Vietnam Domestic Sentiment: Colorful Flowers and Agent Orange

Class: High School U.S. History

Lesson: Students will sourcecontextualize, and analyze primary documents to  asses United States domestic sentiment during the Vietnam War. Using these documents, students will answer the question:

“How did the Vietnam War influence the relationship between the U.S. federal government and its people?”

This questions fits into our essential questions, “How should the relationship between a federal government and its citizens look?”

Students’ prior knowledge on the subject includes Cold War foreign policy (Containment), U.S. entry to the Vietnam War, and the Civil Rights movement of the mid-20th century. Following this lesson, students will be able to justify why some citizens supported the Vietnam War while others protested against it. 

Process:  The teacher will offer a brief introduction to the Vietnam War and display the timeline of events. To begin the lesson, I will raise the following questions to contextualize this lesson within the overall unit:

Why did the United States enter the Vietnam War? What is happening in the U.S. during the early 1960s as the U.S. formally enters Vietnam?

As the students discuss the questions, I will hand out the Anti-Vietnam War Movement Timeline and Graphic Organizer. As discussion on the above questions continues, students will have time to complete the first question on the graphic organizer.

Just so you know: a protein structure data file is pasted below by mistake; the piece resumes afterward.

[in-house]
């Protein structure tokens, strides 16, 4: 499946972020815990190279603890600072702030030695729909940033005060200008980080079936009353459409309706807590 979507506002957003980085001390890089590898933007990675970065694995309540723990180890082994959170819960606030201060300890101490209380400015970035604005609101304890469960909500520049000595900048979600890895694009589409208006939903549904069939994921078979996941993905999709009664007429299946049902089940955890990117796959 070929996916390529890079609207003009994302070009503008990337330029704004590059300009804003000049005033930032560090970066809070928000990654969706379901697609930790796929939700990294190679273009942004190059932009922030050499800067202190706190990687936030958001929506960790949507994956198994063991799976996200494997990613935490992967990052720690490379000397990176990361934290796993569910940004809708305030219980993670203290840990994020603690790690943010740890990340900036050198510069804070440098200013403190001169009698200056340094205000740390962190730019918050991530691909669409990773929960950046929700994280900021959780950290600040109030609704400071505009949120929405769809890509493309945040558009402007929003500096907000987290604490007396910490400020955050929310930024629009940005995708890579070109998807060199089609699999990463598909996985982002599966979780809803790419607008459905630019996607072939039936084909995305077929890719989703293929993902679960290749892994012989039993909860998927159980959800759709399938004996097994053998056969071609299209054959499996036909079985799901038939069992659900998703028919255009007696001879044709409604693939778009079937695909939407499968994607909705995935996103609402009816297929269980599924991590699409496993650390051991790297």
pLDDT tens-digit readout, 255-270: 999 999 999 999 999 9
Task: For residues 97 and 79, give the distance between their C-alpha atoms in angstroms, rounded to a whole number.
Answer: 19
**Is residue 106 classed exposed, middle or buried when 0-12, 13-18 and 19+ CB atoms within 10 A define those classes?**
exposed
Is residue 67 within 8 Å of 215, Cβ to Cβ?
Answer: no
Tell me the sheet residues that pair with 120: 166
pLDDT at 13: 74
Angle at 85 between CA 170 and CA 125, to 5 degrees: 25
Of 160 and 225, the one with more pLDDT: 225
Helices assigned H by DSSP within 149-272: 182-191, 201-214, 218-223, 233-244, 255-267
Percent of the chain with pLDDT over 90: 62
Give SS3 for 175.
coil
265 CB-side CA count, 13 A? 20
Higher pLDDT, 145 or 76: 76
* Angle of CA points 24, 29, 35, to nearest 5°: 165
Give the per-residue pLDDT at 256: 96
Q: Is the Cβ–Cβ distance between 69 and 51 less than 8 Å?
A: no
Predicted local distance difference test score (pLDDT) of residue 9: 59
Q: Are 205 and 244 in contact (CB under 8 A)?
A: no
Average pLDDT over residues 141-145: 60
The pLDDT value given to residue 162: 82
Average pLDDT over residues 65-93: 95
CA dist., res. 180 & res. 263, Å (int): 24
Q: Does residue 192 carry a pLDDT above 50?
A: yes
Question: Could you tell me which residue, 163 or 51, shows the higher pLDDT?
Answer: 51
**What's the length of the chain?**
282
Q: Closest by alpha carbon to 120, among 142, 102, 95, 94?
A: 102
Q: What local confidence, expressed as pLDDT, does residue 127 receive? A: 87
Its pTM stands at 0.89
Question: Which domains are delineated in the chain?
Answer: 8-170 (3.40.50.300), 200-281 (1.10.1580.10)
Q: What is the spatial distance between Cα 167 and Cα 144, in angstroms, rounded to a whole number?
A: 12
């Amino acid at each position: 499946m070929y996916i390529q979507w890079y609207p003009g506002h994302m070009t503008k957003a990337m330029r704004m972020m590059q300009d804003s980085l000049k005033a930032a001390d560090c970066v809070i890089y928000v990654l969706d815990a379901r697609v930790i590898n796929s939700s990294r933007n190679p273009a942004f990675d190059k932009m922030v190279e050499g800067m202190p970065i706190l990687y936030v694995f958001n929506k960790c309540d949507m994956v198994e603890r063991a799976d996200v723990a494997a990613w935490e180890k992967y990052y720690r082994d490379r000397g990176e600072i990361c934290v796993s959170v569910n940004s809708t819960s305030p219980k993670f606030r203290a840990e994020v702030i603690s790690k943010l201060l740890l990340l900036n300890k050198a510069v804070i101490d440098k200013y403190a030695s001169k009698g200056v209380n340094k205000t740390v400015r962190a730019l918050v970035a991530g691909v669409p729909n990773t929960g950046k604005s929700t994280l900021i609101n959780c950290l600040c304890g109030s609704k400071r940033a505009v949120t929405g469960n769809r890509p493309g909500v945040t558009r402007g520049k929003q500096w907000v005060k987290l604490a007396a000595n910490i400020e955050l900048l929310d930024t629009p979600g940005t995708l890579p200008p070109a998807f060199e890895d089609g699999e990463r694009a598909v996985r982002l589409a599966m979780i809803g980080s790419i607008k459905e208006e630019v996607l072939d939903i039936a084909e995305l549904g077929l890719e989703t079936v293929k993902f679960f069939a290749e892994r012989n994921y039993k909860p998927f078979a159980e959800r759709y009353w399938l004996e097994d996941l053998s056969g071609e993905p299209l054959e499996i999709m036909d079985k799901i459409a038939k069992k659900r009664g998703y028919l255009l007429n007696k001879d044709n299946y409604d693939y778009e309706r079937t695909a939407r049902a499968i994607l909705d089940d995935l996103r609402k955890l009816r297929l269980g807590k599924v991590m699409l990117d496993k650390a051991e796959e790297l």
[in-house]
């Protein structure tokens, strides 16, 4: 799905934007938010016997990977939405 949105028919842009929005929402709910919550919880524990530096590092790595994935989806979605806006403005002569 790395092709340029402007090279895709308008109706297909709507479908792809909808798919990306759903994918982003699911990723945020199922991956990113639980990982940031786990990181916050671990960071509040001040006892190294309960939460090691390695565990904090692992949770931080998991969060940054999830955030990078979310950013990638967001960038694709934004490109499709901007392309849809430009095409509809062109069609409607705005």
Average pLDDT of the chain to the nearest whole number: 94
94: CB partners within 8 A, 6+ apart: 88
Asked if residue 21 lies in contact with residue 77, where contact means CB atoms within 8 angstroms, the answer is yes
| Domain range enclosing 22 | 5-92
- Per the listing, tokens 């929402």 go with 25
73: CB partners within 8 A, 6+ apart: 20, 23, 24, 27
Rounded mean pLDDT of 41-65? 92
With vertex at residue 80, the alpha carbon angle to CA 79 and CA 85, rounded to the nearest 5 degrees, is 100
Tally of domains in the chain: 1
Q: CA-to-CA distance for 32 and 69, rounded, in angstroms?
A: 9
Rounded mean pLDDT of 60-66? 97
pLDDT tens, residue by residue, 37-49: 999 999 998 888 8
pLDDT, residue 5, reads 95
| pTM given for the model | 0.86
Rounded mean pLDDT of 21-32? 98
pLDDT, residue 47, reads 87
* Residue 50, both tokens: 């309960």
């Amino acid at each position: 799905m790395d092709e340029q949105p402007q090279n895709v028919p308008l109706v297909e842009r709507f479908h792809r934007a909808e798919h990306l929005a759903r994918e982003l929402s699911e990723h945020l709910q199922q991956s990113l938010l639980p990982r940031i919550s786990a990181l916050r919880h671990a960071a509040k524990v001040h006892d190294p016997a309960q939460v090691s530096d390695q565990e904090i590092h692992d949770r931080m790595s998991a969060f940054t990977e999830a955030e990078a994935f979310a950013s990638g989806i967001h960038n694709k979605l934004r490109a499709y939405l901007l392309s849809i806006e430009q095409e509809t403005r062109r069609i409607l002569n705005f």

Next, students will open the attached documents on their device, printed copies made available for those who prefer them. Students will read their assigned documents and fill in their section of the graphic organizer as they read. Then, the class will fill out the rest of graphic organizer together in a discussion format – ultimately leading to the higher-order thinking questions at the end. To close, I will ask students to share their hypotheses, using the historical skills of source and context to support their answers.

Documents found here: 


After delivering this lesson, my biggest takeaway is this:

The questions we ask our students are far more important than any answer we may ever give them.

As history teachers, we are tasked with teaching our students how to think. Although it is challenging to step off of center stage and create a student-centered classroom, it is a challenge we must all accept. To better prepare lessons for my students going forward, I hope to center each day around a timeless central question. This central question will guide each decision made in class, serving as the foundation for the lesson. This central question will also provide structure to the class so that students can understand where they are and where they are going.

My hope is that centering each lesson around a central question will solve some of the challenges concerning clarity, purpose, and organization that I faced during this lesson. Additionally, I learned that more planning, rehearsal, and making sure that course content ties back to the central question will serve students well and make lessons significantly less stressful to teach.

Featured Image: National Archives

Leave a Reply

Your email address will not be published. Required fields are marked *

This site uses Akismet to reduce spam. Learn how your comment data is processed.